In the case of their first project with the Liverpool Biennial, Dazzle Island, Studio Hato developed a digital tool that provided the infrastructure for a physical artwork made by students at a local school. The work was based on dazzle camouflage, used extensively on ships in World War I with the intention of masking a vessel’s course or speed. Their experiments began with student artists creating various shapes in spray paint, which predictably led to chaos, so Studio Hato responded by building a program for making. “We used digital technology as a tool for co-creation, providing limitations that kept the collective work on track and maintained focus. With digital you can make something fun, interactive, and empowering for your audience.”
Their interactive projects, which shift between digital and physical contexts, also challenge the boundaries between art and design education, and make accessible the often closed-off “art world.” By offering the tools to the public, people are given a voice and the opportunity for direct involvement: “we set the framework and the work is done by the collective.”
5. Learn to be an actor.
OK-RM presented exhibition design projects and artists’ collaborations under the framework of a diagram depicting the relationship between designer, institution, and artist. Interested in “the legacy of the design studio as a space for collaboration and service,” OK-RM’s Oliver Knight and Rory McGrath cited the Danish studio Total Design as a key influence, and called attention to the designer’s ability and freedom to “design their own studio.”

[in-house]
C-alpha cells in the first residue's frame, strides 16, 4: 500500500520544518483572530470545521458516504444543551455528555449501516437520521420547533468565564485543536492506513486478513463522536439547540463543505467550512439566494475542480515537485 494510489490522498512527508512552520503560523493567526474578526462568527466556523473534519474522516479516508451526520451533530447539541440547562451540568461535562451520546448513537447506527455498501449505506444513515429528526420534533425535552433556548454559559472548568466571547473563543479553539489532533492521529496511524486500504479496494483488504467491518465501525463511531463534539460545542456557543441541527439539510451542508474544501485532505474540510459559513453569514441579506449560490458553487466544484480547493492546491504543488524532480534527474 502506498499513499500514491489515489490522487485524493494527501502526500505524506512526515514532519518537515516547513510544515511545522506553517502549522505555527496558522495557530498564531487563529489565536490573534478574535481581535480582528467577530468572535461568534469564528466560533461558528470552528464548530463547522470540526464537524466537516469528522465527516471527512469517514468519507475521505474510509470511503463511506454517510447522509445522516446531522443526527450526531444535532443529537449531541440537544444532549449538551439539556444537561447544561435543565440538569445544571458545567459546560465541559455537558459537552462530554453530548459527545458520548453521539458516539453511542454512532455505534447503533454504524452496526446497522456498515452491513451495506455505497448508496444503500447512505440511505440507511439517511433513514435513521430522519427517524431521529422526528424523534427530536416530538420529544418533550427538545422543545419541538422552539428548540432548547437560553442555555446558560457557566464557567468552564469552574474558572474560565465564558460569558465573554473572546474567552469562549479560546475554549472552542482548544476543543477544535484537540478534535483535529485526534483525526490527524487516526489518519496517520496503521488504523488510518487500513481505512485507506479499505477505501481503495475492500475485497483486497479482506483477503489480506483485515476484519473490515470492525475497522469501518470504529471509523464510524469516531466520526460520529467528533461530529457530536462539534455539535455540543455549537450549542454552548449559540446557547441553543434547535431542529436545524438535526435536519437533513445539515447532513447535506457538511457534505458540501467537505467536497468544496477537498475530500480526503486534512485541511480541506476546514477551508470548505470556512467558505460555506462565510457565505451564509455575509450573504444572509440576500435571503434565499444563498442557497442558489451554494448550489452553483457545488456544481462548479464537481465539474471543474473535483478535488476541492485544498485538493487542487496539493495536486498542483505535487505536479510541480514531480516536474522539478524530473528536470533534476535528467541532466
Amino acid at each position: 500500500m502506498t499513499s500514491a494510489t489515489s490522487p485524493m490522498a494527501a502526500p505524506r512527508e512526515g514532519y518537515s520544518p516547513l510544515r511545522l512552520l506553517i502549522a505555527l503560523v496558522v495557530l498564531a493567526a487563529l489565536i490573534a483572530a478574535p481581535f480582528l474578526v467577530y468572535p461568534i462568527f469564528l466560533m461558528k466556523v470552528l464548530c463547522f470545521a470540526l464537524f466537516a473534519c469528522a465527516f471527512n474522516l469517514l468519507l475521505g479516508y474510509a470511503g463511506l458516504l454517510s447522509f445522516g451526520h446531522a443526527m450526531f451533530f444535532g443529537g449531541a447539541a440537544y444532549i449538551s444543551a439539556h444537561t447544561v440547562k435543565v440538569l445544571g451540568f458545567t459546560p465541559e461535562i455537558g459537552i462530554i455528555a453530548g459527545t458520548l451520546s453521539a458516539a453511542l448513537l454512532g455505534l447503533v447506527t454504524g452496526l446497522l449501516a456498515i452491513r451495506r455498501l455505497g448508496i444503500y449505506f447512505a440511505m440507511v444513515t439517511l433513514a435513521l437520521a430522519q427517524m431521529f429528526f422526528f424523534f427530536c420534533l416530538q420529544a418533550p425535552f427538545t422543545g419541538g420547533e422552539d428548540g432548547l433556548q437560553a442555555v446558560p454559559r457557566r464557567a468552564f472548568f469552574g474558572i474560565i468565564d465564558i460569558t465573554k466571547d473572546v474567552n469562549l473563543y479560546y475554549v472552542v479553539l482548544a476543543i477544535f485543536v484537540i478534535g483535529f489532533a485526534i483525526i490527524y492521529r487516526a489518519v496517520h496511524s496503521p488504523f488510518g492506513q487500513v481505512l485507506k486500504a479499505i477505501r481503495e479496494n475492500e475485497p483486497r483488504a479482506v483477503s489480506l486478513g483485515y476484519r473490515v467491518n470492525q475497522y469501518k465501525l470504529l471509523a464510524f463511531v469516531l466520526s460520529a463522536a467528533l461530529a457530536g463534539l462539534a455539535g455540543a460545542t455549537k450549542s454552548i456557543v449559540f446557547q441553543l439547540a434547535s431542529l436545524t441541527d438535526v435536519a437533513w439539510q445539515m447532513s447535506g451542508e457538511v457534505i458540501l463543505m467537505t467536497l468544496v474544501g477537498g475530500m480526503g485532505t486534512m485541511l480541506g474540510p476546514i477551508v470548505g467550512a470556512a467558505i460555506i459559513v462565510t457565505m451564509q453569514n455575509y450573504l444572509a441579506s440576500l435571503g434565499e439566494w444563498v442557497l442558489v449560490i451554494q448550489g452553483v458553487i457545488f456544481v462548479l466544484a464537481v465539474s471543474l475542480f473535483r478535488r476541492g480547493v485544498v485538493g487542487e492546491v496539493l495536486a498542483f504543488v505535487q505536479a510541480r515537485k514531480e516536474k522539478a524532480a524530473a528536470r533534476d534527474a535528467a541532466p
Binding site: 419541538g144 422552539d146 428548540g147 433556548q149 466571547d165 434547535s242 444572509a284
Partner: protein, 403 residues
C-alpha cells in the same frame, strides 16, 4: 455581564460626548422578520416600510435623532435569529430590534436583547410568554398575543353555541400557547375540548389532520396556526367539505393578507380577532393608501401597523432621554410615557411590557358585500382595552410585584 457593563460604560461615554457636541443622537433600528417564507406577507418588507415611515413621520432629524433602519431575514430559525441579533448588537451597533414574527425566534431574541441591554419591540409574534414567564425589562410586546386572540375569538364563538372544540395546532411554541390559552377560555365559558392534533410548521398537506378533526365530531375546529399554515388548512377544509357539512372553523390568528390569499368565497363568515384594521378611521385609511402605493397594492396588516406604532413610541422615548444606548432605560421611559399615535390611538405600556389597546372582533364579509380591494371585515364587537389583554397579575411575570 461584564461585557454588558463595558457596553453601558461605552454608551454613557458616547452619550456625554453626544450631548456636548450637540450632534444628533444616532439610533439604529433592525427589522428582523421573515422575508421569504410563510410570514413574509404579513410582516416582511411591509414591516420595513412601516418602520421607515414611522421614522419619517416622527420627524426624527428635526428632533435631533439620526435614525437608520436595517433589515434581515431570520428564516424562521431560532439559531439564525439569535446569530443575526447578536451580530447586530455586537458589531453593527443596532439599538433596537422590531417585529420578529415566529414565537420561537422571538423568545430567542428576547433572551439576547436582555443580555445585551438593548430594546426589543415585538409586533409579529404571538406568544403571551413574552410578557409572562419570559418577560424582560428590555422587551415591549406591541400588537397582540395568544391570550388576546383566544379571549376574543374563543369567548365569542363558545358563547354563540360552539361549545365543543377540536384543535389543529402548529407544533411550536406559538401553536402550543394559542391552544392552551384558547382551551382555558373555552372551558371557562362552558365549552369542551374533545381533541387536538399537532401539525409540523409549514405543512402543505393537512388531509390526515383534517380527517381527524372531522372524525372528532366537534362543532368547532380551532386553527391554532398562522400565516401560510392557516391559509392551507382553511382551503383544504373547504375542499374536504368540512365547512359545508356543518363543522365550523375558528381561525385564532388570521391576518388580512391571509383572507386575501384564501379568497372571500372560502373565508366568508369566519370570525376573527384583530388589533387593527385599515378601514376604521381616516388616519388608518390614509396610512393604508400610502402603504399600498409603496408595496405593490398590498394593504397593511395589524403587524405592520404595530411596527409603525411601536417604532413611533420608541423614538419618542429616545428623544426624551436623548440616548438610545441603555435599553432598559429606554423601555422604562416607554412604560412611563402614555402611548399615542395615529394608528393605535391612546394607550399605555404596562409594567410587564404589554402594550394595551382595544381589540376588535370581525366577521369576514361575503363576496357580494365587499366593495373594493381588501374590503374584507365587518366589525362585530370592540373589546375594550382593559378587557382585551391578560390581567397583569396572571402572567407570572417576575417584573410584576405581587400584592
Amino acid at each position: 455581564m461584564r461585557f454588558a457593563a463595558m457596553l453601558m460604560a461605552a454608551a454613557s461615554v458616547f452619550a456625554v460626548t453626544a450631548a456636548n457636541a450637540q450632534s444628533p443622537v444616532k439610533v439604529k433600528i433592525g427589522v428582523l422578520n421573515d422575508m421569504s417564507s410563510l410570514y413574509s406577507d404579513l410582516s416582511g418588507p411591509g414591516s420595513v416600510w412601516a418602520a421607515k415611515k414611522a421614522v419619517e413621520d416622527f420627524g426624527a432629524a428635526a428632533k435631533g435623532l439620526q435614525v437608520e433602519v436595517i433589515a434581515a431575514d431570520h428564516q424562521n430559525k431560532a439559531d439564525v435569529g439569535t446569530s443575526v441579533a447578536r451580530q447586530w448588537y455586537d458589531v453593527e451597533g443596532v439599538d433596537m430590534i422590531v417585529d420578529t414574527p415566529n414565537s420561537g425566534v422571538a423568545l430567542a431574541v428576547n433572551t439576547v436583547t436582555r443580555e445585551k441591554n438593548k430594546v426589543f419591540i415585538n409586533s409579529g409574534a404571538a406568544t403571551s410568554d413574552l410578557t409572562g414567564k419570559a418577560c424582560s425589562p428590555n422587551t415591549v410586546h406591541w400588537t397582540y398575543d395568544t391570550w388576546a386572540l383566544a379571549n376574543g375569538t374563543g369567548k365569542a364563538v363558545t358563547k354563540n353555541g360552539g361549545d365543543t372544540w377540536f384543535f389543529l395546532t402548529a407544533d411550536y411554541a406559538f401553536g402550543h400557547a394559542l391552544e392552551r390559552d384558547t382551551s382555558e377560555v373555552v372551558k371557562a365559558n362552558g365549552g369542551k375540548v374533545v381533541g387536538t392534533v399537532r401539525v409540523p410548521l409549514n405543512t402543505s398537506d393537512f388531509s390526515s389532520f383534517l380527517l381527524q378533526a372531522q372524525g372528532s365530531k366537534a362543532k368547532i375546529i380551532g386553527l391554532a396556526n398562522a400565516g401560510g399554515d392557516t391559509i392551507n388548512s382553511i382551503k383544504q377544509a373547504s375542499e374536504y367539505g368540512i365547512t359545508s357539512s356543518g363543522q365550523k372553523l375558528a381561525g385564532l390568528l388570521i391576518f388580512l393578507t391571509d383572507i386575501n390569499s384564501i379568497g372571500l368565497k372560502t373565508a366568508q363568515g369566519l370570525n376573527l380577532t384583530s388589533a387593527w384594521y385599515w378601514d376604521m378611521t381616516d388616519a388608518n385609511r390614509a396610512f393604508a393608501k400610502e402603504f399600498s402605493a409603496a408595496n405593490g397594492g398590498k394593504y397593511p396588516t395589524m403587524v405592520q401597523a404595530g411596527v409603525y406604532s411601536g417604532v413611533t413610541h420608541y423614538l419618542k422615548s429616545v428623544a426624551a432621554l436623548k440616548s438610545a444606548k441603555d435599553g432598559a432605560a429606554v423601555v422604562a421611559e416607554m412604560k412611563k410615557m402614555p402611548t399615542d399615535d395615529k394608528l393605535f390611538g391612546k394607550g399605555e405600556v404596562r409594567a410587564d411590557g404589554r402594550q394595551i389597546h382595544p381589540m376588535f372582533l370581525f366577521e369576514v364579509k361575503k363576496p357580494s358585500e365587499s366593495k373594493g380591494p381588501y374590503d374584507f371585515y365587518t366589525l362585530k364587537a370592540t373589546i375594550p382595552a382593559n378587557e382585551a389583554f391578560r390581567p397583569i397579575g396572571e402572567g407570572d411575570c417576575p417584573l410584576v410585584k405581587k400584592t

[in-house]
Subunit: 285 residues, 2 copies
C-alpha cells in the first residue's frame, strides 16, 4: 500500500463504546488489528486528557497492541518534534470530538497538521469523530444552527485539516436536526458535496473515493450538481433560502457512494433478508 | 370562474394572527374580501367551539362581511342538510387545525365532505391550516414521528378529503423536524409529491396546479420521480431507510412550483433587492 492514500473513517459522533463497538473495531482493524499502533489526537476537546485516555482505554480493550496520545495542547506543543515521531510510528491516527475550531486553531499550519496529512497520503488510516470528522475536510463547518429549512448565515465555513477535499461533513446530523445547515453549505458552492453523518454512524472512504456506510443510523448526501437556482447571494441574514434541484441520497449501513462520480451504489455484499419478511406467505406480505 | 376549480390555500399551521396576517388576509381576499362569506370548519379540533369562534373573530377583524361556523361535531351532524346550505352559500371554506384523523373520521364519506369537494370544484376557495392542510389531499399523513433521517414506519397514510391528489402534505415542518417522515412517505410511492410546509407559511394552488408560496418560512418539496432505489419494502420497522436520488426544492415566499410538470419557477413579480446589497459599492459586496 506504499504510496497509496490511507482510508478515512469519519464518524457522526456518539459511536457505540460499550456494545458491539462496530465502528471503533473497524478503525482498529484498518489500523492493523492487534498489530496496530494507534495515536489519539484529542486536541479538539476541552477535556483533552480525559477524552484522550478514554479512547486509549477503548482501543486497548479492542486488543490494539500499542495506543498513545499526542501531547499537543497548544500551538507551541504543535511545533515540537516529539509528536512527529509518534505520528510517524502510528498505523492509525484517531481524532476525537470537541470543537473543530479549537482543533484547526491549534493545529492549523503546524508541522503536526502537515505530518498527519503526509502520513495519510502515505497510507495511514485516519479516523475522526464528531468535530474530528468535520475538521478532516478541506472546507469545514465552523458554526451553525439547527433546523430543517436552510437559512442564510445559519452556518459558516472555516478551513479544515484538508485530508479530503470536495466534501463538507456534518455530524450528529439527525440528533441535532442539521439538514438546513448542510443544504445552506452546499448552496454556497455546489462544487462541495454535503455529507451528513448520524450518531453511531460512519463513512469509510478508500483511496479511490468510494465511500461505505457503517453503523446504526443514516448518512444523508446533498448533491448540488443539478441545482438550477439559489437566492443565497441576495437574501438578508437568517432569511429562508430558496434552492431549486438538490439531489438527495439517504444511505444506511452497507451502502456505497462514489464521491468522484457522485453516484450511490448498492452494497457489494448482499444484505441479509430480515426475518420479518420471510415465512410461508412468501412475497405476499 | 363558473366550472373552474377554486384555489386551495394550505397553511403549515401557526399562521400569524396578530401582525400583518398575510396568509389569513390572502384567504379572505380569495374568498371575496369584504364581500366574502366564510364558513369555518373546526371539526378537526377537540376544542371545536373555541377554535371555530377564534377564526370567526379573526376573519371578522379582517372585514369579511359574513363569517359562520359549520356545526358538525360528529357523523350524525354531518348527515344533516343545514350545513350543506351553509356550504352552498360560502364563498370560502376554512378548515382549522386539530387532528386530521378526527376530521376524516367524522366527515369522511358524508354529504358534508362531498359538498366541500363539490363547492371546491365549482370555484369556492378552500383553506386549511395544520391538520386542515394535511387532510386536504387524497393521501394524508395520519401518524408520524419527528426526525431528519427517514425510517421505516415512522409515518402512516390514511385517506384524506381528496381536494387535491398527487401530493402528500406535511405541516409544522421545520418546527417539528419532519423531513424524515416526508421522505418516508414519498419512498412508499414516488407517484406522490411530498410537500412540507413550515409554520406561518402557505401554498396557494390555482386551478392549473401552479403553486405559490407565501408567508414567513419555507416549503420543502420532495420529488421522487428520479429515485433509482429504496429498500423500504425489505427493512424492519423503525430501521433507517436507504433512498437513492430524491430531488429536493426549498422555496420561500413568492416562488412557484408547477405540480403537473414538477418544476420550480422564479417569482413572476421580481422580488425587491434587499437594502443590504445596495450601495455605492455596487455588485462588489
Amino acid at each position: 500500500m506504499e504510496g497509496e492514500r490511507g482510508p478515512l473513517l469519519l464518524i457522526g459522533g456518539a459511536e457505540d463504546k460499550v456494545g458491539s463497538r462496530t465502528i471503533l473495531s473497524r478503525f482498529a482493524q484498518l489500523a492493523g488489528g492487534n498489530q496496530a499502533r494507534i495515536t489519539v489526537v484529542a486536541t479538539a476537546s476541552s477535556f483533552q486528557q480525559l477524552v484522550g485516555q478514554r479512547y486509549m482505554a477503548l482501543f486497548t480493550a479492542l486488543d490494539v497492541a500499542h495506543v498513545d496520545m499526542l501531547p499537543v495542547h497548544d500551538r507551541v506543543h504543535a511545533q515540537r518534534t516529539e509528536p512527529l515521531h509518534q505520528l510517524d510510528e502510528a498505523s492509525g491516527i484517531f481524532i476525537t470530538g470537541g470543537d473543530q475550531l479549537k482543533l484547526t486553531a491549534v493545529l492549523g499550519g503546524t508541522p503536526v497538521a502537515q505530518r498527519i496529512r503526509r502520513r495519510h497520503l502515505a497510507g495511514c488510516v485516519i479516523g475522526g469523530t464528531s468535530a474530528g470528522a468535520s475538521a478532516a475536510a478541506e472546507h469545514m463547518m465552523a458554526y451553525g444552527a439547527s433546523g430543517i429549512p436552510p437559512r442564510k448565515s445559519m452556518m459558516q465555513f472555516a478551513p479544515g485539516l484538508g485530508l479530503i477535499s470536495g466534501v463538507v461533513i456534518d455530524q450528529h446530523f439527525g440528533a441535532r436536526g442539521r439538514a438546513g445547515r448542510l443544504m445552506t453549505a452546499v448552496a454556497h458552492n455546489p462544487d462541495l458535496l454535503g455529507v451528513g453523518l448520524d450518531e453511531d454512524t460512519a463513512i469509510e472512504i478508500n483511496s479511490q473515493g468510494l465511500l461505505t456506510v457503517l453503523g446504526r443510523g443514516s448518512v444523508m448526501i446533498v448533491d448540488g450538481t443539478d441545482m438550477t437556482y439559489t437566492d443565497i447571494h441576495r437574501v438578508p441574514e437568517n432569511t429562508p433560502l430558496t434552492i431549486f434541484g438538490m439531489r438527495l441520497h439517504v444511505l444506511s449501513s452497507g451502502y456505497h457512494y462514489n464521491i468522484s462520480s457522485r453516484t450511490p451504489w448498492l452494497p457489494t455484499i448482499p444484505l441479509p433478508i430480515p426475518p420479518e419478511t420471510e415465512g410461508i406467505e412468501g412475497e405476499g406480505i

“There are so many outlets for design now, impacting the way designers think and how we are constantly applying our thinking to the new.” As a designer, they said, you are almost an actor: “You read a role and work out how to behave in a way that complements [the artist’s] behavior. You create a story, take on a fictional character, and think about how they would tackle a particular problem.”
6. Don’t get hung up on tired questions.
The conversations of the day ran round and through ideas of role, context, application, and influence, with various points of contradiction over whether or not design can be art or a designer an artist. In the contemporary context, artworks can take any or no form, so the only tangible clarification is that to be art, work must be intentional. When designers flip-flop around definitions of roles and hierarchies of practice, it makes a weighty issue of a rather insignificant question—if you want to make art then make it, and describe it so; if you don’t, then stick to working with problems and instruction, self-directed or otherwise.
Perhaps the most productive role a designer can have, in relation to art and the public, is to take ownership of being the artful mediator—whether that’s via frameworks for publishing, identity, or using their platform to hand over authorship to the collective.